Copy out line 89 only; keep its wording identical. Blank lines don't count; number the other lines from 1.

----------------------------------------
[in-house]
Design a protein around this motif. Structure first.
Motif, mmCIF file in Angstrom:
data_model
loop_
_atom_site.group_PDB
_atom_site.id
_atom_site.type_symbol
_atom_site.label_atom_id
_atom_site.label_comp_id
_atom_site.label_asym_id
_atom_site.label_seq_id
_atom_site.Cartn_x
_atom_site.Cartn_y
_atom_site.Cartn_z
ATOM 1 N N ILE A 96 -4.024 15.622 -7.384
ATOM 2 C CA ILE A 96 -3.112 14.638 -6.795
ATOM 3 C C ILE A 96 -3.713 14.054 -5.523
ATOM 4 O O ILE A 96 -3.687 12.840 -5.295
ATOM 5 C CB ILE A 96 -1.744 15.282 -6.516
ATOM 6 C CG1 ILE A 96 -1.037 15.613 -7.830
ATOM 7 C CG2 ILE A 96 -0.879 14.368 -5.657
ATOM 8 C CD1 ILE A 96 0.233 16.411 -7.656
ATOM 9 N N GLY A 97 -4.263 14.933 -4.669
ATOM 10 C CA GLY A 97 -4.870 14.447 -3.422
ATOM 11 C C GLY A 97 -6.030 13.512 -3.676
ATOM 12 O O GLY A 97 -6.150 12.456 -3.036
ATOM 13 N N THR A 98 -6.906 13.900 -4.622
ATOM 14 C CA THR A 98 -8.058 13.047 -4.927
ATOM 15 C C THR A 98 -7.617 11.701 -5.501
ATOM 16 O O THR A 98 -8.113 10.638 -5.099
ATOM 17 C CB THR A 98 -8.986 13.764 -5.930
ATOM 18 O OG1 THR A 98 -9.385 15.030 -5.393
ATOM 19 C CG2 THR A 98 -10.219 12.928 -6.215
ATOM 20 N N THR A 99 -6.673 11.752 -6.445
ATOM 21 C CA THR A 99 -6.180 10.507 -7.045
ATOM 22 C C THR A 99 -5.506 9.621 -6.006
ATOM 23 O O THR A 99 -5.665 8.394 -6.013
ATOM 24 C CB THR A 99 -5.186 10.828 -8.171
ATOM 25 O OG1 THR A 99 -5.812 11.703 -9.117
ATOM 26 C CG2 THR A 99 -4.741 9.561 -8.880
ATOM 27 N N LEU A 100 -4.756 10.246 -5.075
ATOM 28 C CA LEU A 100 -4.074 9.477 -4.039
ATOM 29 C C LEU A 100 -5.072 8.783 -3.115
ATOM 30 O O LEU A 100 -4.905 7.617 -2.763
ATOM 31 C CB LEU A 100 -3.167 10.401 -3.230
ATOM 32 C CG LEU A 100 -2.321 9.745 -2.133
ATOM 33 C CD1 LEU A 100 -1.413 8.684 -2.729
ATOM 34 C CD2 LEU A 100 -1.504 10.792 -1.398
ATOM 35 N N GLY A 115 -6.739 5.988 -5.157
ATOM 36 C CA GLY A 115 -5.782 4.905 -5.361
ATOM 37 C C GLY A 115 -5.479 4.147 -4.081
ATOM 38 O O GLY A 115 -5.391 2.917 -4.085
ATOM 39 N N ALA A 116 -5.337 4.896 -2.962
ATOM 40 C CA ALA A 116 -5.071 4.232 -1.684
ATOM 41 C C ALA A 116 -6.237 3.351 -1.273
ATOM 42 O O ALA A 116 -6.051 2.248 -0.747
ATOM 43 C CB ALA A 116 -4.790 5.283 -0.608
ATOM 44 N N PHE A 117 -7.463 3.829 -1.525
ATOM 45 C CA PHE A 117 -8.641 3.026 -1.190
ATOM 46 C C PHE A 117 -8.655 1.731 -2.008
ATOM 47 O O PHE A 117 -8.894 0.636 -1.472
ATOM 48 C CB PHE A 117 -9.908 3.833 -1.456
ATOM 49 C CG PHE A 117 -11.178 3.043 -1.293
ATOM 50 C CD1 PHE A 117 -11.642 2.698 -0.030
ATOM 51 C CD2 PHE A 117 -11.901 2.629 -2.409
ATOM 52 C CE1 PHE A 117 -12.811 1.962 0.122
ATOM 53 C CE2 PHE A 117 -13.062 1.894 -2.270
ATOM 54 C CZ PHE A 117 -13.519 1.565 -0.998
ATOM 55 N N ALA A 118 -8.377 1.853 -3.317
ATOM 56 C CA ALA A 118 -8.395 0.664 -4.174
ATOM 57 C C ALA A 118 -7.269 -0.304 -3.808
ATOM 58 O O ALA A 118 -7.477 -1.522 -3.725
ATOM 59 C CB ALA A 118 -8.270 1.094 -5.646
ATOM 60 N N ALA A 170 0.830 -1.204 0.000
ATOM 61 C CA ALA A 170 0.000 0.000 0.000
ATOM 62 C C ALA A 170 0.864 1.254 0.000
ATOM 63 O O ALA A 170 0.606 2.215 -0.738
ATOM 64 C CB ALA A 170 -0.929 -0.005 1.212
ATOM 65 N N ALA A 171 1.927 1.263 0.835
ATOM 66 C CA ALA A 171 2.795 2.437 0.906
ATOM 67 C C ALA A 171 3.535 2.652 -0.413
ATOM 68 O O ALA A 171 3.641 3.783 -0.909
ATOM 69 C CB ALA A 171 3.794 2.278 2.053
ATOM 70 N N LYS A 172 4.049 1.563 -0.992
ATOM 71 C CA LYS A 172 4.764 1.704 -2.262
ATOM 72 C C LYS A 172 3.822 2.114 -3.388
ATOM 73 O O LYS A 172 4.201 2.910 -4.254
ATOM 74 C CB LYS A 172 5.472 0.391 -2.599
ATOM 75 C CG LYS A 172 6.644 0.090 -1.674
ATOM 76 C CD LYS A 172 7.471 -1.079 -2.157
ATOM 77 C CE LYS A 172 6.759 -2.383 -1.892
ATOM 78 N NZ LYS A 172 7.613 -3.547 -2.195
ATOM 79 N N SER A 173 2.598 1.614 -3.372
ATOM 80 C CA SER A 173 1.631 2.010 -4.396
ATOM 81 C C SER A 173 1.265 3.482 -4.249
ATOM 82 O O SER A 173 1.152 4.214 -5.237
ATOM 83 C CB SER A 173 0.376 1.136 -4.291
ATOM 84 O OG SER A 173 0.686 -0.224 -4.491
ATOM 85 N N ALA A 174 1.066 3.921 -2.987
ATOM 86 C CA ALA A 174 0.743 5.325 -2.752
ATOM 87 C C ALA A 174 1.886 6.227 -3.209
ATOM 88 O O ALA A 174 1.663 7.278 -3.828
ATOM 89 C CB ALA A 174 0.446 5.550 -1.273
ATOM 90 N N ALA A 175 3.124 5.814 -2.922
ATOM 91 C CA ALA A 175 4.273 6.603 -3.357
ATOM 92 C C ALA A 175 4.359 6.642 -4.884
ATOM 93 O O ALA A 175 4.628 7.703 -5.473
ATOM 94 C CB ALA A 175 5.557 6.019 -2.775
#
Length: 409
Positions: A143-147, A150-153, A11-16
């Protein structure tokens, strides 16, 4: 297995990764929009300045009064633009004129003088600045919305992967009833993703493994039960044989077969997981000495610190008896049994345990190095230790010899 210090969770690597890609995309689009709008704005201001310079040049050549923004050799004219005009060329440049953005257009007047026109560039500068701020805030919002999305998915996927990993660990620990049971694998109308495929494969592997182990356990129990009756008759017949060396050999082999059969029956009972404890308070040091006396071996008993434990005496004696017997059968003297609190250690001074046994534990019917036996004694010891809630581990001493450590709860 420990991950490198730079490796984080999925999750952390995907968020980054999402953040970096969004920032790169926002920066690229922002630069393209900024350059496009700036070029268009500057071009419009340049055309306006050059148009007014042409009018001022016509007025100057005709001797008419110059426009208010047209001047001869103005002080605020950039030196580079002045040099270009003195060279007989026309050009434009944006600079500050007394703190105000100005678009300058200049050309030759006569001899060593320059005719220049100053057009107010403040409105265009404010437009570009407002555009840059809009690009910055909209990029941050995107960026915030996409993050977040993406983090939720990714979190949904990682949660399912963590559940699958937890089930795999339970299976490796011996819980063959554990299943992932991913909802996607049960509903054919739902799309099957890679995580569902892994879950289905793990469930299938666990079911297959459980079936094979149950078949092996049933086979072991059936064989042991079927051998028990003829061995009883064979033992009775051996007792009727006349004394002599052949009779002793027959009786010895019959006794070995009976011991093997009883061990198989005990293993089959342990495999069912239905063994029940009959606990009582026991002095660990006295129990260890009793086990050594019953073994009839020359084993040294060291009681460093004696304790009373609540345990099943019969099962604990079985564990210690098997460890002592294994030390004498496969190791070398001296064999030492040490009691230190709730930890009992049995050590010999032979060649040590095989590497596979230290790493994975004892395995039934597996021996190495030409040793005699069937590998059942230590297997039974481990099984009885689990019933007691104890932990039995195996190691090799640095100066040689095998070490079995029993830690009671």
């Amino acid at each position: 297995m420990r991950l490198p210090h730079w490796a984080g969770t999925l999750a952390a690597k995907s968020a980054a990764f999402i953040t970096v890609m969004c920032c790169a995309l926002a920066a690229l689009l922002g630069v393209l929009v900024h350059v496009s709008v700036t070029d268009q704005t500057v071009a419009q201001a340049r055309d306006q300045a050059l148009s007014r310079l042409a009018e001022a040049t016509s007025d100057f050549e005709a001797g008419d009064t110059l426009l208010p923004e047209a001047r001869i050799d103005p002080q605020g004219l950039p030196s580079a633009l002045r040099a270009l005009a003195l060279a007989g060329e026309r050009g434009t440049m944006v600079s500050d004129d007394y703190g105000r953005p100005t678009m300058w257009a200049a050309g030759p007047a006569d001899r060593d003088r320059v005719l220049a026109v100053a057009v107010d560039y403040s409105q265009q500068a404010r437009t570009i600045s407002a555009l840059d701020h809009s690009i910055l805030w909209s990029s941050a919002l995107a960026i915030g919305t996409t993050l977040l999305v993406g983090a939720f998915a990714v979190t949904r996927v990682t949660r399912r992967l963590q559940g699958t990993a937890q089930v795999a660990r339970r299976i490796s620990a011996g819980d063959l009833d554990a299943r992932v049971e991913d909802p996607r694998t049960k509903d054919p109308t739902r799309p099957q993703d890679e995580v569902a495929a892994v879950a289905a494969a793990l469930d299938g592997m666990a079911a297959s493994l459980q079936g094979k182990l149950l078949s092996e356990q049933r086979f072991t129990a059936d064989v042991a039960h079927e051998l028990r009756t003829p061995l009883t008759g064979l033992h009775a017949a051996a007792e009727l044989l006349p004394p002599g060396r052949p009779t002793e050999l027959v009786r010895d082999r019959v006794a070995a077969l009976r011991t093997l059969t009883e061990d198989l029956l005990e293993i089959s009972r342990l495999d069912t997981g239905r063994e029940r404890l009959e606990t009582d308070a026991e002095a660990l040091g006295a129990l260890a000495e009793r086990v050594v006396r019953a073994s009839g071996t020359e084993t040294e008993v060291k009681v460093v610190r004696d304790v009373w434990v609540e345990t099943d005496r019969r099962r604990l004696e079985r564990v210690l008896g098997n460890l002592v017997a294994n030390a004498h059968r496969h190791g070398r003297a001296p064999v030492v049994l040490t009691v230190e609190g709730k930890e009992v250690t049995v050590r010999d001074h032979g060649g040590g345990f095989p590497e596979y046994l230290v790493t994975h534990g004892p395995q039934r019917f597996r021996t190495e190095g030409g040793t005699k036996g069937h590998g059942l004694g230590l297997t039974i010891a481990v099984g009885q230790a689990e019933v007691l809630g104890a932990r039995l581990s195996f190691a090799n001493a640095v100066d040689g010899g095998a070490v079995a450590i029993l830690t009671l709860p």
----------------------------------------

ATOM 74 C CB LYS A 172 5.472 0.391 -2.599